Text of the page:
While many apps and operating systems made the jump to 64-bit code a while ago, Google's Chrome browser is still stuck in a 32-bit world on most platforms, missing out on much of what newer computers can offer. Today, though, it's moving into the modern era: Google has released test versions of 64-bit Chrome for Windows 7 and 8 users. The upgrade lets the app take full advantage of newer processors and their instruction sets, delivering about a 25 percent speed boost for media-intensive pages. It also lets the software use newer security safeguards to minimize exploits, and there should be fewer crashes. There's no word on corresponding Mac updates (Linux has had this for a little while), but Windows fans willing to live dangerously can grab a 64-bit Canary or developer build through the source link.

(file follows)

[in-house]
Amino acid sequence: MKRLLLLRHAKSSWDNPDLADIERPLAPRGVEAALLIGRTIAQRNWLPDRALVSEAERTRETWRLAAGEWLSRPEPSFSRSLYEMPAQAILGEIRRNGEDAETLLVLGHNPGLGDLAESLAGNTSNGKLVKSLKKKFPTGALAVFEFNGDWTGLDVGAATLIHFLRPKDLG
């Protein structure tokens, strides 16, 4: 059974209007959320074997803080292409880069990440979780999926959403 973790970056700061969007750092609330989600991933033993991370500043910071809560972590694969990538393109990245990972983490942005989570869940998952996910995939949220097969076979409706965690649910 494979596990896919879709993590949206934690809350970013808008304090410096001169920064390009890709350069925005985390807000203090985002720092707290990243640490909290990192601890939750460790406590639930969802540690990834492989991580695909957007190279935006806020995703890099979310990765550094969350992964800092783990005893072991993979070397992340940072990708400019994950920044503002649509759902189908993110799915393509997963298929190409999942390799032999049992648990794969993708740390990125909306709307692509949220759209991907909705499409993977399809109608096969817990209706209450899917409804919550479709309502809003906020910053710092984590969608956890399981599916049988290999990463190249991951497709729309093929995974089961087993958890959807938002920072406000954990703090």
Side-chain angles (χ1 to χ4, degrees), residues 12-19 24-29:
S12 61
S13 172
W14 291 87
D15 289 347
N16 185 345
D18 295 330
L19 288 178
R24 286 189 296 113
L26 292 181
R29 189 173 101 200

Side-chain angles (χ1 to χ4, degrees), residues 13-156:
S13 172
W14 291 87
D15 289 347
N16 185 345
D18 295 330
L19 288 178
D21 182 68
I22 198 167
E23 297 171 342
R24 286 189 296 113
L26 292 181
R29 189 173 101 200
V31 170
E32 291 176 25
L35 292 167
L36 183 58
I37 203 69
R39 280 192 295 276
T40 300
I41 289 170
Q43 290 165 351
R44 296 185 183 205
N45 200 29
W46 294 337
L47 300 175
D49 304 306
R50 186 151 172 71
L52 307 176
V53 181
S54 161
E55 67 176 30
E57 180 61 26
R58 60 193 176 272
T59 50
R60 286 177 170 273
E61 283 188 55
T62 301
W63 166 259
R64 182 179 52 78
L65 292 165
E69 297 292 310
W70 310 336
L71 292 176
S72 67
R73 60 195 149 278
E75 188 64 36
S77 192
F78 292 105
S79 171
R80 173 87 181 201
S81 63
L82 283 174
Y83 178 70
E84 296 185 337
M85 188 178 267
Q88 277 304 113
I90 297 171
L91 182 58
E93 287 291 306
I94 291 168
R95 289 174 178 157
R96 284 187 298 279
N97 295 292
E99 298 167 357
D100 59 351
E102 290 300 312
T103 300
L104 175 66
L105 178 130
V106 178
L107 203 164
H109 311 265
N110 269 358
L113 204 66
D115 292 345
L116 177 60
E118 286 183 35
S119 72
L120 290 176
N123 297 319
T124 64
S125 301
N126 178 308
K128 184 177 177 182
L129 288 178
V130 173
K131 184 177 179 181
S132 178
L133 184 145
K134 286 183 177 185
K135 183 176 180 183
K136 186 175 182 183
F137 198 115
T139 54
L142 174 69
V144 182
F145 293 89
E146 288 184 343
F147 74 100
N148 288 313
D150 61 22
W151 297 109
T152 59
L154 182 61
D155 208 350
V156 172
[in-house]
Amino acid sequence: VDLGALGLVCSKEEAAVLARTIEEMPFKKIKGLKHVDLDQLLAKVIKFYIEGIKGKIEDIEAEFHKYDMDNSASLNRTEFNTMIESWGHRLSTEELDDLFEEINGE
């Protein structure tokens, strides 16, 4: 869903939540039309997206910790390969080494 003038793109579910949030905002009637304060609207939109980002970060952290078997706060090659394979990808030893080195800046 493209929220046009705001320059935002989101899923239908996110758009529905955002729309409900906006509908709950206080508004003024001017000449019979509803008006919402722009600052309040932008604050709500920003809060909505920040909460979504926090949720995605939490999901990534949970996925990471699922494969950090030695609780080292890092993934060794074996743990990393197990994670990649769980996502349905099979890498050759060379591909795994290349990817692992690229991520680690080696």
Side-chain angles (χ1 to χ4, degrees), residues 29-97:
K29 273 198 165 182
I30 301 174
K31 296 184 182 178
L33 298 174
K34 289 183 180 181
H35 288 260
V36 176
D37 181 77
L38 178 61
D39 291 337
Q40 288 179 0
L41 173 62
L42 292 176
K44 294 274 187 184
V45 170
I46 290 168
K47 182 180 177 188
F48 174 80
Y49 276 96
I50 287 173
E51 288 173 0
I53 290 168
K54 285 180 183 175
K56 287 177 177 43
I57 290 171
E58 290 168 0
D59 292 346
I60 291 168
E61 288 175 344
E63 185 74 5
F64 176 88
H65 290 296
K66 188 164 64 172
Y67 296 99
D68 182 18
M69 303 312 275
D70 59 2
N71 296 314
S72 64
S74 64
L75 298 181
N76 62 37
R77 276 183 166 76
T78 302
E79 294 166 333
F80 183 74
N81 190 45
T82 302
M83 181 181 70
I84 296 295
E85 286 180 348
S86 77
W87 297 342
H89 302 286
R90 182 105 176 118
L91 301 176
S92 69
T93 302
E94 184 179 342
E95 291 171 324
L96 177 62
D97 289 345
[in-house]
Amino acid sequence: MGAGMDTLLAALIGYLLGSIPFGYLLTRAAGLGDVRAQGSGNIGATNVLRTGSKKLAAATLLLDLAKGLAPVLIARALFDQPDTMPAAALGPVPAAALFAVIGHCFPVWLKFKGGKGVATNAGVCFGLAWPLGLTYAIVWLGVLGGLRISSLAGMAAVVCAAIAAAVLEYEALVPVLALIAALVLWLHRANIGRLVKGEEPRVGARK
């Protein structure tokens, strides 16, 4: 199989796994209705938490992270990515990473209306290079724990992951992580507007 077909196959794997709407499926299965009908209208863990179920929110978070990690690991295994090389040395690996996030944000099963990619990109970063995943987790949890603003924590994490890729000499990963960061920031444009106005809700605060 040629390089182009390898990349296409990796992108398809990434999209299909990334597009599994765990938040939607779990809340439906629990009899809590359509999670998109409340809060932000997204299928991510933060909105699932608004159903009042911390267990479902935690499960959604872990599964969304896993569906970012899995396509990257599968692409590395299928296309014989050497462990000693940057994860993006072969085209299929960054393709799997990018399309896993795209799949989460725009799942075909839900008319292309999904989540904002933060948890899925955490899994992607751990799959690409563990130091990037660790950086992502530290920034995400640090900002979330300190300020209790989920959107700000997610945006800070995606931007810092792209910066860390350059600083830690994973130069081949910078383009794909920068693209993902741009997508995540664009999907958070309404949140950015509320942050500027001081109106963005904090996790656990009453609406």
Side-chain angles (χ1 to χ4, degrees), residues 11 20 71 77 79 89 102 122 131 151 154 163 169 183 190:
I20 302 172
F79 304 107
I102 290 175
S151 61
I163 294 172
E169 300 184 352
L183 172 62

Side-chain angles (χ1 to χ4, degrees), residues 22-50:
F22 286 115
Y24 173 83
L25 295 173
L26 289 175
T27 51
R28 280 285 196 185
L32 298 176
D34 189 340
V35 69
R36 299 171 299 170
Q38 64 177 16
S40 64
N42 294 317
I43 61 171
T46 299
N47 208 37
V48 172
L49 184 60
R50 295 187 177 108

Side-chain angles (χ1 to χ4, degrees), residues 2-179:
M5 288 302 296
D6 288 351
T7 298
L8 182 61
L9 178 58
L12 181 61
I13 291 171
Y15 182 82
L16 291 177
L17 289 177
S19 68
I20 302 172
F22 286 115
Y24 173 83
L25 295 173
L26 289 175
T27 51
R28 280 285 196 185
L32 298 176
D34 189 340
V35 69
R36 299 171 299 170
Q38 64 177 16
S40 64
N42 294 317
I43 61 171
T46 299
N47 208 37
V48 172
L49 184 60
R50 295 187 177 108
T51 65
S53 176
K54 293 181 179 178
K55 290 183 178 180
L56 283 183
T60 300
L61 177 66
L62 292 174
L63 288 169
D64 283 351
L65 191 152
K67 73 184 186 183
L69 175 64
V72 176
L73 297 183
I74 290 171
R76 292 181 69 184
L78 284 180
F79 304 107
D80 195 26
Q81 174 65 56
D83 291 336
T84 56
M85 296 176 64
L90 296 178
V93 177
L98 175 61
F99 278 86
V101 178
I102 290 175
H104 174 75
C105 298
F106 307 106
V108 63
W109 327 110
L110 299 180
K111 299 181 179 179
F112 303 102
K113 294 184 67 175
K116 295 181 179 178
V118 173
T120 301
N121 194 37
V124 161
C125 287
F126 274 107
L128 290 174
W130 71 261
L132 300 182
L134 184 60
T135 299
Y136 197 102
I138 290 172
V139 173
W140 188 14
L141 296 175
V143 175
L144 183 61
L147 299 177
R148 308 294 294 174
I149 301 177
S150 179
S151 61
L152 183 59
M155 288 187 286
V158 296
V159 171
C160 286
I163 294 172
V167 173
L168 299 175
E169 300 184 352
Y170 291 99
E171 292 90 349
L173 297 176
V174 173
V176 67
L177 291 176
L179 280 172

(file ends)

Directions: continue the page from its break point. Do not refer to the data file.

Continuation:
Chrome goes 64-bit on Windows with promises of faster, safer web browsing
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